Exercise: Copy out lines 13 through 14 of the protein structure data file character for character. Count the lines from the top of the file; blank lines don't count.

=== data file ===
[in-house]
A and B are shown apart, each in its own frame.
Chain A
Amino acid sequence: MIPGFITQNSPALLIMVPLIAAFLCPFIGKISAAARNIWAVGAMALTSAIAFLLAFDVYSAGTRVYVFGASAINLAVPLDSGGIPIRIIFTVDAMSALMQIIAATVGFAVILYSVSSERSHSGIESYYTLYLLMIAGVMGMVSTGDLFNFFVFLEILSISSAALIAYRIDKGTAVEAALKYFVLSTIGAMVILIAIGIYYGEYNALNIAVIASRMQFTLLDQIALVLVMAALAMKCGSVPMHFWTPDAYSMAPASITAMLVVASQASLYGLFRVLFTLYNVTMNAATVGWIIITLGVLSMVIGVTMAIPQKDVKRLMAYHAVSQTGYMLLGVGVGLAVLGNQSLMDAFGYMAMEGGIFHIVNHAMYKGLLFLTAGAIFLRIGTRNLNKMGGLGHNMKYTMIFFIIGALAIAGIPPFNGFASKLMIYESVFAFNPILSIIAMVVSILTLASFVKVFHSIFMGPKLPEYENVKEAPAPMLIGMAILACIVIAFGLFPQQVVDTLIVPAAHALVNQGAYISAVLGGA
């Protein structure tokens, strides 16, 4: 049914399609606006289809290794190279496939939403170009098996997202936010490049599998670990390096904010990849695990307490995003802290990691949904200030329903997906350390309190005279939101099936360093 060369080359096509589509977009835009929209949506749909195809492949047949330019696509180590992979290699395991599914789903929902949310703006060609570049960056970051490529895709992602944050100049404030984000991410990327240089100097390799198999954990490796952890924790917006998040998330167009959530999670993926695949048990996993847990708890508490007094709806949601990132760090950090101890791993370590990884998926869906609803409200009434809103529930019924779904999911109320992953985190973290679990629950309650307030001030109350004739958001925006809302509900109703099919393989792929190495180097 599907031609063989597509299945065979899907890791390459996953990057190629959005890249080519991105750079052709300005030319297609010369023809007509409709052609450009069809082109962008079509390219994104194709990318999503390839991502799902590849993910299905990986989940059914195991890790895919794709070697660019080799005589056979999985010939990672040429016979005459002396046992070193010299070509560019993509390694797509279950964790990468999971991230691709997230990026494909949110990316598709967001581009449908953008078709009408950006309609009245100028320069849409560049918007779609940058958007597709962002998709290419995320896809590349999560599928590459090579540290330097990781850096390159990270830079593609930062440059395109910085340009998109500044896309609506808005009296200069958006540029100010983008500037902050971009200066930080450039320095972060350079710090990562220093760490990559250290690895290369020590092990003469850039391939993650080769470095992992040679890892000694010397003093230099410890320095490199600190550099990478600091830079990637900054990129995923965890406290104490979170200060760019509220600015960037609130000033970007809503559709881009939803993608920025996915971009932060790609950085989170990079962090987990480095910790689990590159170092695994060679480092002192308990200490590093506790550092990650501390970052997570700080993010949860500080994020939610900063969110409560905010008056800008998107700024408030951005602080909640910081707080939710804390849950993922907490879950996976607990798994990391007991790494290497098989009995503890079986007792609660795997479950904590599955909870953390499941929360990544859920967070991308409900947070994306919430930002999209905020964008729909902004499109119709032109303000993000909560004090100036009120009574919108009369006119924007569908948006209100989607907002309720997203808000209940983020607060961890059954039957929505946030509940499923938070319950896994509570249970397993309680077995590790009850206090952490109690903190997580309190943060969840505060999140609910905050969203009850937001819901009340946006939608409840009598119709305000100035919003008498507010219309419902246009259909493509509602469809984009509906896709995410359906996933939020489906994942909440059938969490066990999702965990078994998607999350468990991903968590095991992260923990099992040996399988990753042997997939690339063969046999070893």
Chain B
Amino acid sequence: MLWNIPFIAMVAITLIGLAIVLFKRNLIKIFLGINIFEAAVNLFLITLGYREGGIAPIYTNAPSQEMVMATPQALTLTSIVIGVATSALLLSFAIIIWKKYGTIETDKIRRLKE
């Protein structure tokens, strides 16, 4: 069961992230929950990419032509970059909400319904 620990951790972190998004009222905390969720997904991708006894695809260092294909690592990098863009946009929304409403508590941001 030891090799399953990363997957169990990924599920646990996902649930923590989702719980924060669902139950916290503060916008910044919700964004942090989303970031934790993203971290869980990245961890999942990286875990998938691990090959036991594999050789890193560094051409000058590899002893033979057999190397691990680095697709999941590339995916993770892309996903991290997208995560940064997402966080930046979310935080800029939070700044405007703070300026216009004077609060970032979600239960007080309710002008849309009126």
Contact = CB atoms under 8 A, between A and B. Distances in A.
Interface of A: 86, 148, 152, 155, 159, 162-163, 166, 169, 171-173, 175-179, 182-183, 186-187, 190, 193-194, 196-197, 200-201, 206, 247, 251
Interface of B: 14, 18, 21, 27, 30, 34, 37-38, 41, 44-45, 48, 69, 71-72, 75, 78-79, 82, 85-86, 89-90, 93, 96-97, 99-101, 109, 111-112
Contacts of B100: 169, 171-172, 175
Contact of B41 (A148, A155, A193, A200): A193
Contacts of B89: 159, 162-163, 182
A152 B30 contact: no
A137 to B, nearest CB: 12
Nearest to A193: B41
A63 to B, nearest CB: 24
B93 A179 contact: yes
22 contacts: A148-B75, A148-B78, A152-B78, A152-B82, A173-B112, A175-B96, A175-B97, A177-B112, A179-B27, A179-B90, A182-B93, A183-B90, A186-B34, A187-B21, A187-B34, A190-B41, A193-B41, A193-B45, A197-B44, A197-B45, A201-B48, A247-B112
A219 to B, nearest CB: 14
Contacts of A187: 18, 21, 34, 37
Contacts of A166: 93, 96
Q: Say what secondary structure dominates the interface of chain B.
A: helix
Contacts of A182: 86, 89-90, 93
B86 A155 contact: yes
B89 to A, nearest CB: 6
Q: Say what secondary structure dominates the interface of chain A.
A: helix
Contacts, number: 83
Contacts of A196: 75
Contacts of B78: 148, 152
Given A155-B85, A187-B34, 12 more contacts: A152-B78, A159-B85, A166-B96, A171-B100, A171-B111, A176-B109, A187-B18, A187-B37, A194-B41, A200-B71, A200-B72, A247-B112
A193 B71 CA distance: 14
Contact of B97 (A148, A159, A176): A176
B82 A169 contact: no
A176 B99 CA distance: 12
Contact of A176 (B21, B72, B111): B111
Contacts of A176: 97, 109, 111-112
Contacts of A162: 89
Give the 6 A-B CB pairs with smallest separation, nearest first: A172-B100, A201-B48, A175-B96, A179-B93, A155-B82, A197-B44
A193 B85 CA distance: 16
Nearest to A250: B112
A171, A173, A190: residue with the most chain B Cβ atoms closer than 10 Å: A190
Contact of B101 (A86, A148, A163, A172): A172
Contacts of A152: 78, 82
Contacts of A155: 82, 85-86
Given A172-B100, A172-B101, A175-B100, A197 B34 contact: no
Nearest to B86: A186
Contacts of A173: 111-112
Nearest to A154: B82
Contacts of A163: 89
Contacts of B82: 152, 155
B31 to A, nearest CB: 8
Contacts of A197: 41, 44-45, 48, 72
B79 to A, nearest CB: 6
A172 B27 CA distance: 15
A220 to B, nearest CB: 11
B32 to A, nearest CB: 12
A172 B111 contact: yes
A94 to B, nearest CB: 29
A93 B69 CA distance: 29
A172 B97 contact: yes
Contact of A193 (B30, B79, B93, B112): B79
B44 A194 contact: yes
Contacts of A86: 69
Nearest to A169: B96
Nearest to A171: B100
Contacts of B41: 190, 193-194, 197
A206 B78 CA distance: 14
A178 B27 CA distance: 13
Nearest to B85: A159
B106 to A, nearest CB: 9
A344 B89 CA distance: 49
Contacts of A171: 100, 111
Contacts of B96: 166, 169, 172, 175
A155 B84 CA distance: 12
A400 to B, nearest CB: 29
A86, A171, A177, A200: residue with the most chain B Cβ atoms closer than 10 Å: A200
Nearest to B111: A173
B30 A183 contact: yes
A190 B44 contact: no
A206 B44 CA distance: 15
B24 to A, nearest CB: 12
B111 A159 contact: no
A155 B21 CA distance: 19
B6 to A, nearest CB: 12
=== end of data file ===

Contact of B41 (A148, A155, A193, A200): A193
Contacts of B89: 159, 162-163, 182